The novel severe acute respiratory syndrome coronavirus 2 (SARS-CoV-2) pandemic has raised concern for the health of immunocompromised individuals, who are potentially at higher risk of more severe infection and poorer outcomes. As a large London transplant center serving a diverse patient population, we report the outcomes of SARS-CoV-2 infection in our cohort of 2848 kidney and/or pancreas transplant patients.
Data were obtained retrospectively for all transplant patients who attended hospital during the peak of the pandemic and had a positive nasopharyngeal SARS-CoV-2 test.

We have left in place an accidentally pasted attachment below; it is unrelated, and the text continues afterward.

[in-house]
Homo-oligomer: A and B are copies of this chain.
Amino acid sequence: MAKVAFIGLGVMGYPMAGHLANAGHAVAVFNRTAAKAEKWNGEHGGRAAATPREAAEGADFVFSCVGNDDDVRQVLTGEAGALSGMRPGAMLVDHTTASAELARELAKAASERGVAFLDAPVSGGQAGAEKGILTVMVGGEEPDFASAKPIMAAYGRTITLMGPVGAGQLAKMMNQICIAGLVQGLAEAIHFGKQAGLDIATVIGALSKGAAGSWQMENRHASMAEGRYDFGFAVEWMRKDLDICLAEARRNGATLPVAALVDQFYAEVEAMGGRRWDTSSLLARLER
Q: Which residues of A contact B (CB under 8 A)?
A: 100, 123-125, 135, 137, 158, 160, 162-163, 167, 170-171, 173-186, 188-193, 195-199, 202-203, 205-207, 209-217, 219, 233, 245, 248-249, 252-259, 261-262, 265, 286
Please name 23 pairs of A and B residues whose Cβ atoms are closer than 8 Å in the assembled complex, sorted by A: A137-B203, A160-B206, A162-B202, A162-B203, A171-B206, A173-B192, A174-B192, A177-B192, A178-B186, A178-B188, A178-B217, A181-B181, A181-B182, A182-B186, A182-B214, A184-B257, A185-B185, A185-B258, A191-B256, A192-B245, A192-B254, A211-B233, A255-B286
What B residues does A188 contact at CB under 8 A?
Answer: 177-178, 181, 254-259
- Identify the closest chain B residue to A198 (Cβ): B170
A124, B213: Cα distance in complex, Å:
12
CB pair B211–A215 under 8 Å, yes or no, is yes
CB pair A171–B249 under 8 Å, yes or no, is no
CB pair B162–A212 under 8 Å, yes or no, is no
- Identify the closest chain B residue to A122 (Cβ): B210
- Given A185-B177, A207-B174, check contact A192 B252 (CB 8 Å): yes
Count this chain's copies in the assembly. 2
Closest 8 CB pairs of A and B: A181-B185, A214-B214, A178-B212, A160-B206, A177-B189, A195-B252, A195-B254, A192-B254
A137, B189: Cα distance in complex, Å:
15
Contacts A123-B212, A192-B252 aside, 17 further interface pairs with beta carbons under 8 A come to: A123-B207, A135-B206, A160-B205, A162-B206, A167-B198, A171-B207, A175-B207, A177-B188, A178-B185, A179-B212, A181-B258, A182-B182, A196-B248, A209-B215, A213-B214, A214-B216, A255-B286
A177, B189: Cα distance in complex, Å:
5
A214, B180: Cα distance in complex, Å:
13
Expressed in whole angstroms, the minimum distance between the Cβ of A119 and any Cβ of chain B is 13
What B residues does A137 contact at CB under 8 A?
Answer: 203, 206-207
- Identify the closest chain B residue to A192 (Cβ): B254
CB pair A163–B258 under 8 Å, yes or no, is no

Sixty-six patients were found to be positive for SARS-CoV-2. Twenty percent were treated as outpatients, 59% were admitted to the general ward, and 21% required intensive care. Treatment consisted of reduced immunosuppression, antibiotics for pneumonia or sepsis, and other supportive treatments. Within our cohort, 12 patients died (18%), with an overall mortality of 0.4%. Predictive risk factors for coronavirus disease 2019 severity were explored.
Severe disease was associated with lower hemoglobin prior to coronavirus disease 2019 diagnosis and lower lymphocyte count at the time of diagnosis but not age, sex, ethnicity, or preexisting comorbidities. Lower glomerular filtration rate and higher C-reactive protein were associated with more severe disease.